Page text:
National Security Minister Philip La Corbiniere has been receiving some backlash this week for comments he made about his Government’s position on decriminalizing marijuana. Both Andre Decaires of the Green Party and Aaron Alexander of the Rastafarian group ICAR have called the Minister’s comments premature saying that there needs to be proper debate and discussion on the matter. LPM leader Therold Prudent also supported “taking the matter before the people and letting them decide.”
This week, Minister La Corbiniere hinted to reporters that the Saint Lucia Government would not support plans to decriminalize marijuana for medicinal and religious activities.
La Corbiniere says he remains unconvinced about decriminalizing marijuana.
“If I were to have the deciding vote, it would be a no,” he says. “Maybe part of that relates to the fact that I grew up on the outskirts of the city where I was able to witness first hand the development of the drug problem. The problem actually started with marijuana, let us not forget that it was the drug of choice on the streets for many years, and probably some ten years ago,” he adds.
The issue of legalizing marijuana for medicinal purposes came up earlier this month during the CARICOM leaders inter-sessional summit in St. Vincent and the Grenadines. The heads discussed the issue of medicinal marijuana as well as exploring the economic benefits that might be derived from marijuana cultivation.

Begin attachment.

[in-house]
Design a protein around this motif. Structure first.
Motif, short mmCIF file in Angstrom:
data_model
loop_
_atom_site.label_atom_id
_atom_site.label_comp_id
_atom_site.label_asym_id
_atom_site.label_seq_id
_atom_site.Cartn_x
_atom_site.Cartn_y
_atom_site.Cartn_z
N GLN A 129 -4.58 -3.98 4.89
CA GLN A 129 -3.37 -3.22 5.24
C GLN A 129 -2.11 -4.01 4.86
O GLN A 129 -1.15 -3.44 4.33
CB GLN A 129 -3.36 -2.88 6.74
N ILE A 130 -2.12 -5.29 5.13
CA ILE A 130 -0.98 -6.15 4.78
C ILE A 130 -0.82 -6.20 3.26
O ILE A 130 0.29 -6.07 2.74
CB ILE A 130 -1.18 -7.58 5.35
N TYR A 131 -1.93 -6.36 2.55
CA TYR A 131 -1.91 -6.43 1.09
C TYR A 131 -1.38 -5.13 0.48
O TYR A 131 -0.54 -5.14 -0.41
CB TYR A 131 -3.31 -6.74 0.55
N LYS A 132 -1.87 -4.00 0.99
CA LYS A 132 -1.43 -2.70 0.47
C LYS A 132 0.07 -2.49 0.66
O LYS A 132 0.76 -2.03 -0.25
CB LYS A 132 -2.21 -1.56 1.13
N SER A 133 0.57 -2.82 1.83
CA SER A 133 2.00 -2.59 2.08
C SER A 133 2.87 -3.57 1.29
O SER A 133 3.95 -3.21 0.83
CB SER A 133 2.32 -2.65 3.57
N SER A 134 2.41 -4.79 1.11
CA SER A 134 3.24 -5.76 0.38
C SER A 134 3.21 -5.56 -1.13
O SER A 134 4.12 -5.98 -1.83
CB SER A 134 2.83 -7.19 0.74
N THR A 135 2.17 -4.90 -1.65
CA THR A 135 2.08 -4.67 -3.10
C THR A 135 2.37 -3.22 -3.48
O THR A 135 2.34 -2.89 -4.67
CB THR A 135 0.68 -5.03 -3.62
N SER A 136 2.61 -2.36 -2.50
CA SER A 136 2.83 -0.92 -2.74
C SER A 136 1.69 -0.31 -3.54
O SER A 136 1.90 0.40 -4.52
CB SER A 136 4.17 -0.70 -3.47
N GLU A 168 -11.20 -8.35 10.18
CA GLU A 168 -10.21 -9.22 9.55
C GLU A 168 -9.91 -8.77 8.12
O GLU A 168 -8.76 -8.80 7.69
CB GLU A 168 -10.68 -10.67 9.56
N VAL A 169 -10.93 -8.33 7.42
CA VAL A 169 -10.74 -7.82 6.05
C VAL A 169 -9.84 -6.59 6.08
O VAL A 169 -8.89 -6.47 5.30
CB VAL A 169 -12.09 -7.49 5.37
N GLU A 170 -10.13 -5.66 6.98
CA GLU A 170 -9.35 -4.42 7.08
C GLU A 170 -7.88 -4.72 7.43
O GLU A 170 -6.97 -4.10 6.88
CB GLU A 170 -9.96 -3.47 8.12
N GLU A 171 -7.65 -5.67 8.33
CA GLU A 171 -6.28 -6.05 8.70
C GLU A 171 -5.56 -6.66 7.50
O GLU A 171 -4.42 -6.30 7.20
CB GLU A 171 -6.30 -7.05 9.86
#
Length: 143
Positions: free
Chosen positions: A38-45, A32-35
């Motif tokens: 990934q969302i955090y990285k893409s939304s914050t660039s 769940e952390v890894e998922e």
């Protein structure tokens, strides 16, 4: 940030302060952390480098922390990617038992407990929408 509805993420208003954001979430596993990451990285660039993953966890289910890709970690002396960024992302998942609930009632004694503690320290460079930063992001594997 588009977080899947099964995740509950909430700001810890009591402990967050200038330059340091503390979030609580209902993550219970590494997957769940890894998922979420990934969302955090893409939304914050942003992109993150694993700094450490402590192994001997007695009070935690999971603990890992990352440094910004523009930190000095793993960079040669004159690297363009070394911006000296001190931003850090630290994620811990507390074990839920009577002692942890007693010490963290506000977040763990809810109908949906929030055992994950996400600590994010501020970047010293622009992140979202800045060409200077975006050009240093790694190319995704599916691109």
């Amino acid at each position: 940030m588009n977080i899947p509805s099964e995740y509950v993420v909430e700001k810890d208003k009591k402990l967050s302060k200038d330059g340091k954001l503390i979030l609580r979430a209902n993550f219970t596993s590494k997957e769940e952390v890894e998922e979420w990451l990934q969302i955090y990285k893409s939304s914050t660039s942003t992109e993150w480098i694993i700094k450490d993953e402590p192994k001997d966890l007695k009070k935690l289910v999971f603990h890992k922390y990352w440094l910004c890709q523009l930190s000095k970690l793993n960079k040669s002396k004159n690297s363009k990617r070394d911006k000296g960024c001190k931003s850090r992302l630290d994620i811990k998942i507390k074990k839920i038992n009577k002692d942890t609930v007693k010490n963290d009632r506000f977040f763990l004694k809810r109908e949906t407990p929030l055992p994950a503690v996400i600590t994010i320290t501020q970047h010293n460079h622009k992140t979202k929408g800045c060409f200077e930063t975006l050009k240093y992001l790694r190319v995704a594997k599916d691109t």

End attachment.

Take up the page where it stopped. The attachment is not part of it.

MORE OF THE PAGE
A communiqué issued following the talks says: “The leaders agreed to the establishment of a Regional Commission to address the issues identified and any others deemed relevant, in order to provide clear guidance with regard to decisions to be taken.”
The Commission is expected to submit a report to the regional leaders at their annual summit in Antigua in July.
Jamaica is already considering the legalization of marijuana, a drug revered by members of the island’s large Rastafarian population who say smoking it is part of their religious sacrament. A seven-member government commission has been researching possible changes to the Caribbean nation’s anti-drug laws. ‘’We have discussed it, and we are preparing a report to present to the prime minister,’’ said Jamaica’s Deputy Prime Minister Kenneth Baugh recently. In 2003, a government commission recommended legalizing marijuana in small amounts for personal use, but lawmakers never acted, saying legalization might entail loss of their country’s U.S. anti-drug certification.
If given a chance LaCorbiniere says he would bring to any discussions both here and at the CARICOM level
the question as to what good use can marijuana be put. “Is there any impelling scientific factor that gives rise to the use of the drug? I would like to see a lot more discussed on that issue,” LaCorbiniere says.
The Justice Minister’s last statement appears to be a clear contradiction to his firm position, since the Minister, who is also a devout Catholic, seems to have his mind made up, despite compelling evidence in support of medicinal marijuana.